First: In the initial phase of the launching of the armed struggle in the early 60s, the survival and continuation of the liberation struggle was put in jeopardy.  The lack of an effective leadership, the absence of a clear political line, and the domination of the liberation front by reactionary forces engendered perilous divisions within the ranks of the organisation plunging the liberation front into an intractable crisis.   The survival of the liberation struggle was guaranteed after a long and challenging internal struggle of rectification, well hinged on resilient endeavours and far-sighted perspectives, but which exacted precious sacrifices.   Guaranteeing the mere continuity of the liberation struggle was not, however, sufficient in itself unless this was accompanied by the cultivation and articulation of a clear political line that would ultimately ensure victory; i.e. without establishing an organization that espouses revolutionary ideology.    The latter objective in turn required various phases of struggle (a split from the ELF; internecine war between the ELF and the new front, the EPLF; internal struggles within the EPLF etc.).   It is not difficult to imagine the potential outcome had the intractable democratic struggles carried out within the EPLF not succeeded.   This realization alone amplifies the historical significance of those momentous events. 

Second: The phase of strategic withdrawals that were effected in tandem with the ferocious battles to frustrate successive enemy offensives that occurred at the end of the 1970s and the beginning of the 1980s was perhaps the biggest challenge that faced the Eritrean revolution.  The balance of forces had tipped, to a considerable extent, in favour of the colonial Ethiopian regime as a result of the massive military intervention of the Soviet Union on the side of the latter.  The new reality again revived the specter of the survival and continuity of the armed struggle.  In the event, the revolutionary strategy charted out had to ensure the continuity of the struggle and confront the enemy with steadfastness, resilience and sacrifice to gradually and incrementally change the balance of forces in favour of the revolution.  Furthermore, it had to overcome, both in theory and practice, emergent tendencies of capitulation and defeatism that became prevalent especially abroad.   In those trying times, to exhibit, with full confidence and defiance, an unflinching faith in ultimate victory despite the glaring imbalance of forces on the ground; to firmly and boisterously declare: “it is normal to lose or gain territory but the ultimate victory of the armed struggle of the Eritrean people is certain after a period of attrition”; to opt for and successfully implement the strategic withdrawals by relying fully on one’s resources and objectives; to be prepared to confront the waves of enemy offensives, were indeed historical decisions with few parallels or precedents.   Ultimately, it was the existence of a vanguard organization, the EPLF, that had the competency to take these decisions as well as implement them meticulously which ensured the continuity of the Eritrean revolution and guaranteed its final victory.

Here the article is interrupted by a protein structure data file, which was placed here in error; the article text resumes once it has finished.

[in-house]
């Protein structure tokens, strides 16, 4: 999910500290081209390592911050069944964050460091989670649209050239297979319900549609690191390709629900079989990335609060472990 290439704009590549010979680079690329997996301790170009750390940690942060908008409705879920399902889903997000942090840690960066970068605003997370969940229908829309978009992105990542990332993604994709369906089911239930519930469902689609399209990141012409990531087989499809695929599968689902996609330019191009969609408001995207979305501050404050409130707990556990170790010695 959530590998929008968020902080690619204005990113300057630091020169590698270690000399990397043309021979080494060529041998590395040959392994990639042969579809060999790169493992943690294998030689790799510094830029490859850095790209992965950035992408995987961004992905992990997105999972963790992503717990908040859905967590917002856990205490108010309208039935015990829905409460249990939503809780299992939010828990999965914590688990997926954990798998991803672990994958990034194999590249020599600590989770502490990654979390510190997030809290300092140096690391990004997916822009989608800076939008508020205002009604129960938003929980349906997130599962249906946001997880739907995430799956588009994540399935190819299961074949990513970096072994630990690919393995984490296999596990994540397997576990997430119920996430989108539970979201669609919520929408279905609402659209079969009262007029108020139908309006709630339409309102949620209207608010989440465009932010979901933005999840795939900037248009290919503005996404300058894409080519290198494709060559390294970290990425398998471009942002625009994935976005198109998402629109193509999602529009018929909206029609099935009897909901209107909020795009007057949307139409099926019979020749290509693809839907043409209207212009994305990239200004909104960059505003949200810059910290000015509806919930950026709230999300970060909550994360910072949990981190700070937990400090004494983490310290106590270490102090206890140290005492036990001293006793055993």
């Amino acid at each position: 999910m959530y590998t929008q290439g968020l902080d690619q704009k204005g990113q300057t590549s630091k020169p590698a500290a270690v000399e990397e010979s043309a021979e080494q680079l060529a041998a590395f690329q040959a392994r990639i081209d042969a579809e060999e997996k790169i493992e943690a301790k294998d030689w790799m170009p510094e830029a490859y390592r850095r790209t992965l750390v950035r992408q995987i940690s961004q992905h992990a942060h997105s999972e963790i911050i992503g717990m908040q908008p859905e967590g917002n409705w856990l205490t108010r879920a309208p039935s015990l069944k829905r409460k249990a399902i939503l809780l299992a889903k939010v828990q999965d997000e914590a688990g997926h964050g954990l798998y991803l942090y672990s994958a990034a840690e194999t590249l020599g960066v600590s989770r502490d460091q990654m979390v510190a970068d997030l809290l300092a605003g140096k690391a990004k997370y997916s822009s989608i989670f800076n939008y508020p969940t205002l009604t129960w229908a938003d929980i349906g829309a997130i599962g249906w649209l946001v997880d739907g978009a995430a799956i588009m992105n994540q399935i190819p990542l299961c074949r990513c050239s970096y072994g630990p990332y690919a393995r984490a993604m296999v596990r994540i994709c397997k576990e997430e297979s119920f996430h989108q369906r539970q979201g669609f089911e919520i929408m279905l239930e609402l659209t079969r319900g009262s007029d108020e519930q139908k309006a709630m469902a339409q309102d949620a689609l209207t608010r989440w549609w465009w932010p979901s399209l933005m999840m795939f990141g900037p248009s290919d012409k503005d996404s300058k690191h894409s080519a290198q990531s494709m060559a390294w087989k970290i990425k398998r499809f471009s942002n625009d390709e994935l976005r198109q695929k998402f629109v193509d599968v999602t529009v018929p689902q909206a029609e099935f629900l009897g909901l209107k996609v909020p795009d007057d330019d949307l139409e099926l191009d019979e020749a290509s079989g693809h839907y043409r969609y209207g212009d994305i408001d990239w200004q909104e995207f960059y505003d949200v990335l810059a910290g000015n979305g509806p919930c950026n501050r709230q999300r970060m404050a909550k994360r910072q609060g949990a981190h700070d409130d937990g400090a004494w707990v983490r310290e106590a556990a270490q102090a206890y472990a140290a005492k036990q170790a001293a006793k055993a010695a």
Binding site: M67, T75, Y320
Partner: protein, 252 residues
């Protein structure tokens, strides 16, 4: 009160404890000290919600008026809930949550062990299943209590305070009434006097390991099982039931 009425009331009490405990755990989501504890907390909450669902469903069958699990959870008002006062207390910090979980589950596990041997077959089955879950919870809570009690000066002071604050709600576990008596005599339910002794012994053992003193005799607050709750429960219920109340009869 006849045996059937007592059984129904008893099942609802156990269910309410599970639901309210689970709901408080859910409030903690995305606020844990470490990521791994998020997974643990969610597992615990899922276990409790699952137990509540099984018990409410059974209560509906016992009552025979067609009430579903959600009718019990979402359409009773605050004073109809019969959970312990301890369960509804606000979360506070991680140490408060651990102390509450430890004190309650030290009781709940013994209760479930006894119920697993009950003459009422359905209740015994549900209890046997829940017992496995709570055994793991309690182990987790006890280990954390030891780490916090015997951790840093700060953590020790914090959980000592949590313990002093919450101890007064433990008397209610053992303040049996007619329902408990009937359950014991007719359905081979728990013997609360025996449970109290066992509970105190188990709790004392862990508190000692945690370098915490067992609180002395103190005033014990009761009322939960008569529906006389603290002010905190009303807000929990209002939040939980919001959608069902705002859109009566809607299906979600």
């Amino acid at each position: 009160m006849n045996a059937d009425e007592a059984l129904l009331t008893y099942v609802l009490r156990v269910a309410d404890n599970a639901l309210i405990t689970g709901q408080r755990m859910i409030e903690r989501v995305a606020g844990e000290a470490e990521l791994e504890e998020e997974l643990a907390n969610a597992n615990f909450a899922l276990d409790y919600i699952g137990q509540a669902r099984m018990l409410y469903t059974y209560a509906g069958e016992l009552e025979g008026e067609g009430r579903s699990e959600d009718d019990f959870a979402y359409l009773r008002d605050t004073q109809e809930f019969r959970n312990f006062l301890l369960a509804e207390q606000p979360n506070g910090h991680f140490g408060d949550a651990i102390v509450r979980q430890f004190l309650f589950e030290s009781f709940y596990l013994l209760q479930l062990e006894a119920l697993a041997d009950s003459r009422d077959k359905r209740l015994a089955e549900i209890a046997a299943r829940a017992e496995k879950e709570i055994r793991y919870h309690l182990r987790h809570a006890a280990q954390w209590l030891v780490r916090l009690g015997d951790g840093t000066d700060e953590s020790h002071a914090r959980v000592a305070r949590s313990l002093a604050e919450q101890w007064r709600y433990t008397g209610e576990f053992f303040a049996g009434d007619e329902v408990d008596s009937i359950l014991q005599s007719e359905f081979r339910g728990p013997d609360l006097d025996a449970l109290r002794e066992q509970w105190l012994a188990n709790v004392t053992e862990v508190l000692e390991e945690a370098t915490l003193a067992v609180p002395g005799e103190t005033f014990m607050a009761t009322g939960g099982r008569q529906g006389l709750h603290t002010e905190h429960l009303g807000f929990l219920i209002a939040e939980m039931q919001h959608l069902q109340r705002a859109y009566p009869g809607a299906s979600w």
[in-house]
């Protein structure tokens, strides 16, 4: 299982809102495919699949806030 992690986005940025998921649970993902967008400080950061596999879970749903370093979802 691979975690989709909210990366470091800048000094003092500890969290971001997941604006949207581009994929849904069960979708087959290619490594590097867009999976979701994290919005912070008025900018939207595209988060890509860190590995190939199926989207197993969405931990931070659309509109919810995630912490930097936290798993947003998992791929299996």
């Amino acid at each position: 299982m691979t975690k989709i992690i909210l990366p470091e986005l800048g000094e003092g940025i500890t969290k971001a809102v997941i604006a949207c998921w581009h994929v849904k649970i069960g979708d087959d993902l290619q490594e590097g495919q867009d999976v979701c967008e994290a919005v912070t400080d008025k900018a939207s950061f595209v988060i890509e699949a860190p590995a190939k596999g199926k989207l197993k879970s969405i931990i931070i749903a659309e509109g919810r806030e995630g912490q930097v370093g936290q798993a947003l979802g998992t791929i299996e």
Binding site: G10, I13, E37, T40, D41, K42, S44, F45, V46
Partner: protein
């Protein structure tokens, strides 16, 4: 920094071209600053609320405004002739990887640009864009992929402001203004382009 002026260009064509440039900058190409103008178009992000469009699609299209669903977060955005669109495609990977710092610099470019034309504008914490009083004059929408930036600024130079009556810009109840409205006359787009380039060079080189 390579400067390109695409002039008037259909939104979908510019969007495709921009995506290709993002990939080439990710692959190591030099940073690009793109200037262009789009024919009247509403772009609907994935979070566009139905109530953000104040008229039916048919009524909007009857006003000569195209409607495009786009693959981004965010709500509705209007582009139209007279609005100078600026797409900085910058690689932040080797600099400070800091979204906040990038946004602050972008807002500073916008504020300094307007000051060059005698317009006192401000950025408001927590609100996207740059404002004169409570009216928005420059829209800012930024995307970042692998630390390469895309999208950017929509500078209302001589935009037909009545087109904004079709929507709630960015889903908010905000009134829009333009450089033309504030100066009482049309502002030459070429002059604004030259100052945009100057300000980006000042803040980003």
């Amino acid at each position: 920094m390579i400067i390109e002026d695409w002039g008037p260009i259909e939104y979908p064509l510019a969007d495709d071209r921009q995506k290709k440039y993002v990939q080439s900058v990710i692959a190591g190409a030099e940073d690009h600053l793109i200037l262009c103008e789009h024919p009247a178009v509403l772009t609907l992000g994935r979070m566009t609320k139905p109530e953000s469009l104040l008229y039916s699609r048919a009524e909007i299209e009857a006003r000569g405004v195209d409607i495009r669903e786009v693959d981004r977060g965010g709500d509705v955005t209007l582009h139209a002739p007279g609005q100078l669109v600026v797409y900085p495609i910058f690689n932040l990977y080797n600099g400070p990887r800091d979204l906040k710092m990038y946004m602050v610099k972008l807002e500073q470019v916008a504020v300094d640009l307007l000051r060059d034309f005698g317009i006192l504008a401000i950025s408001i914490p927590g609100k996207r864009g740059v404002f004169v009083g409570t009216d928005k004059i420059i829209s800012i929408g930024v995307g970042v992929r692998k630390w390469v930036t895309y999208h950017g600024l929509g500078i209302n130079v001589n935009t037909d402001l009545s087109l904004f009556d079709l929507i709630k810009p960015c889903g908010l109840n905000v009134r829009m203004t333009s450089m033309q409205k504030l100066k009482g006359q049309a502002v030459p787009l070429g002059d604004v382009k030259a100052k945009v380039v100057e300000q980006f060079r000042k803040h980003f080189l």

•    The splendid dimensions of our history are not narrated for reasons of documentation or to nurture and showcase our “grandeur”.  The fact is the significance and ramifications of these events remain deep and relevant indeed.  Furthermore, a sober and profound appraisal of this history must inevitably constitute a vital element of our future path and progress.   Like all societies, our history is the reference frame and initial point of departure as we set out to determine and shape our future.  We cannot but invoke our history as a primary source of experience and wisdom.   On the other hand, the continuity and relevance of history can only be ensured and invigorated through the making of new history that supplants the old.

•    The political and ideological struggle that was waged in all the phases between the two protagonists – the national revolutionary line on the one hand, and the divisive and reactionary line on the other – became the main driving force for the internal development of the Eritrean revolution because all the elements and pre-requisites for success (vision, programme, organization, strategies, policies and tactics) were articulated and cultivated in the process.    In the experience of the Eritrean struggle, the emergence and ascendancy of an independent ideology and political line under the auspices of a vanguard organization, which was crucial for the victory of the national liberation struggle of the Eritrean people, was not, by any means, a straightforward accomplishment for a variety of historical reasons and impediments.  Indeed, the inexorable prevalence of the national democratic line embodied in the EPLF only occurred after ten years of a ferocious internal struggle.   As a matter of fact, the victory of the EPLF signaled the advent of a higher phase of competency and organization that the armed liberation struggle of the Eritrean people had scaled as a culmination and climax of the national struggle that had begun in the 1940s.   It was not, as aptly characterized in the political report of the Second and Unity Congress, “the victory of one organization over other groups”.